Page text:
Friday, April 14, 2017

Communication by Mr. UT

Communication

Why is it so hard to talk with a loved one about their drinking problem?

Mrs. Un-Tipsy and I talk a lot, about a lot of things.  Truth be told, she does most of the talking, but I do listen, and I’m usually not shy about giving my opinion or view point.  However; I admit that when it came to her drinking problem I was at a loss as to what to say or if I should say anything at all.

We had our share of arguments about her drinking and what it was doing to our lives.  When I found hidden bottles of wine in the house I didn’t know the right way to approach her about it.  Should I yell or should I ignore it?  If I ignored it was I enabling her?  If I yelled was I just driving her away?  It was difficult to sit down and have a conversation without it ending in a fight.  She was in denial and I was frustrated, mad and hurt.  I felt helpless and that was not a feeling I was used to.  Understanding her addiction was difficult.  Why was she putting herself and our future at risk?  Why couldn’t she see what was happening and what it was leading to? Talking about it with her was a struggle for me.  I was always uncertain about what to say or how to say it.  I didn’t want to drive her away but I couldn’t let her ruin her life without a fight.  When she finally stopped drinking I was elated and scared.  I didn’t know how much to praise her about her decision and her progress.  I wanted to show support and offer as much help as she wanted or needed.  But was I doing it too much?  Were my offers of praise helpful or was I just bringing it up too often and reminding her of her past drinking?

Mrs. Un-Tipsy is a very strong woman, despite her occasional doubts.   She is unafraid of introspection and what she might find there.  She has used this introspection to gain understanding and help her continued sobriety.  I on the other hand have a very limited capacity for introspection.  Perhaps it’s a man thing or the way I was raised but I have a simple straight forward view of life and my place in it.  So I am impressed at how much Mrs. Un-Tipsy is willing to continue to look into herself and search for answers and strength.  But was it my lack of introspection that made communication difficult?  In the past, this difference of viewpoints contributed to my hesitation to talk about her addition.  Even today when I read Mrs. Un-Tipsy’s posts I sometimes learn new things about her struggles in the past and in the present.  With each new revelation I have a bit more understanding about the depth of her struggle and her strength.  I’m sometimes brought to the brink of tears reading of the pain she went through.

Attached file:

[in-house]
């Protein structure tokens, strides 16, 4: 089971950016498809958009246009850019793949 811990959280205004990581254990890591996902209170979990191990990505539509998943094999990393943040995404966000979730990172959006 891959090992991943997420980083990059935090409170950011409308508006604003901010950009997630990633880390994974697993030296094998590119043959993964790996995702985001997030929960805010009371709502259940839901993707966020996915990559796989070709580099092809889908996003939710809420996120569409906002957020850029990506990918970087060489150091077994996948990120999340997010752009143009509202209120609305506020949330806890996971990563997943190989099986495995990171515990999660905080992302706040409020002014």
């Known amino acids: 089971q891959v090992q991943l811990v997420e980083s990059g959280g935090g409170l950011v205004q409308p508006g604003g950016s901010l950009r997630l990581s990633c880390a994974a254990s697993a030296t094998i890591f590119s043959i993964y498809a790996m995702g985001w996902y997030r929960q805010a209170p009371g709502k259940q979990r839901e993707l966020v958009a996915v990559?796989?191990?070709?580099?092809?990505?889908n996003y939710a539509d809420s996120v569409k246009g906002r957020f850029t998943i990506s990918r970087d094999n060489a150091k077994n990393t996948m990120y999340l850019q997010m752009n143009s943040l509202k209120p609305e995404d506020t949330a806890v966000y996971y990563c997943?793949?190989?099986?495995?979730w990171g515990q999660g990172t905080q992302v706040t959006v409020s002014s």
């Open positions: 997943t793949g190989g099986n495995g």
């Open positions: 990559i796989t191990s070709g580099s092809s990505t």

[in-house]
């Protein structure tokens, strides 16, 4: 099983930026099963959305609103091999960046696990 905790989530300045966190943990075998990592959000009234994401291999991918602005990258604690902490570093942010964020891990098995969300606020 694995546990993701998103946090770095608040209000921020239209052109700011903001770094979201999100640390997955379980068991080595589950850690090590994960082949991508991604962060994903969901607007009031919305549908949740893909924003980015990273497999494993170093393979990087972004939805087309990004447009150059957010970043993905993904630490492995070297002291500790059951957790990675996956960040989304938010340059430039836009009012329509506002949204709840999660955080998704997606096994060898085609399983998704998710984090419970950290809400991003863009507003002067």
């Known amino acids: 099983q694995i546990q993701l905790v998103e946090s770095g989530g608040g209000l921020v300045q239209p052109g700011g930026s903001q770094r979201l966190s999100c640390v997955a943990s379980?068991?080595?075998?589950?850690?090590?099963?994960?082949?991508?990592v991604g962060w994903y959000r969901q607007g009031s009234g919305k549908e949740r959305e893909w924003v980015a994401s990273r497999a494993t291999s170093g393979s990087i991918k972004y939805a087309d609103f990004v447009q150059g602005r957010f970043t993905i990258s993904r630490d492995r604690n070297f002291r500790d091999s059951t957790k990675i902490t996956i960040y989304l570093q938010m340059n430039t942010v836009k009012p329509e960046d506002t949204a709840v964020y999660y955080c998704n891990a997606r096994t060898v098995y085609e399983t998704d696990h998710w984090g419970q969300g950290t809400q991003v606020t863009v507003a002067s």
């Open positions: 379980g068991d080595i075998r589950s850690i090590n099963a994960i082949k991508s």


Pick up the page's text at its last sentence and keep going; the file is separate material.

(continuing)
Should I tell her again how proud I am of her or is it too much?  That question can only be answered by the person working on their sobriety.  As you struggle with your addiction remember to communicate with your family, friends and other loved ones.  They want to help but sometimes they just don’t know how.  Let them know what they can do to make your struggle a little bit easier.


Mr. Un-Tipsy

PS -  From Wendy: If you want the perceptive of a loved one who lives with someone with an addiction, please read this beautiful blog Real Life 

Monday, April 10, 2017

Gifts of Sobriety On 31 Months

New Saw, Happy Guy!
Dear Readers,
Mr. UT has been busy working on a house project. 
I am so grateful to be married to a guy who cooks, cleans, builds, fixes, mows, and makes coffee every morning. 
(He is banned from doing laundry, however!)
Not sure how I got so lucky!

On April 4th, I was 31 months sober.
I continue to be mindful of the gifts that being sober brings.

This is not passive, but an active awareness of all of the good things being sober is bringing to my life.
I have to be open to receiving these gifts, and I have to be active in my self-growth to pass along gifts to others.
These gifts are endless, and they continue to bless me each day.

The gift of being grateful, in all areas of my life, has opened up to me since I have been sober.
I didn't have this gift before, never knew it really existed.
To be able to find a reason to be thankful in almost any situation, is changing my life.
I have the choice of being resentful, or being grateful. 
When I choose resentment, or self-pity I am choosing to be unhappy.
When I choose to be grateful, I am choosing contentment.

The gift of freedom, means I can live my life in an open, loving way.
It means I have peace of mind.
I can open my eyes each morning, and I know I didn't hurt anyone because of my drinking.
It means I no longer hide who I am.
It means I can share myself fully.

I am learning to accept the gift of living life as it is, not as I want it to be.
Drinking made me want everything to be different, and filled me with resentments, anger, and envy.
Acceptance brings me peace.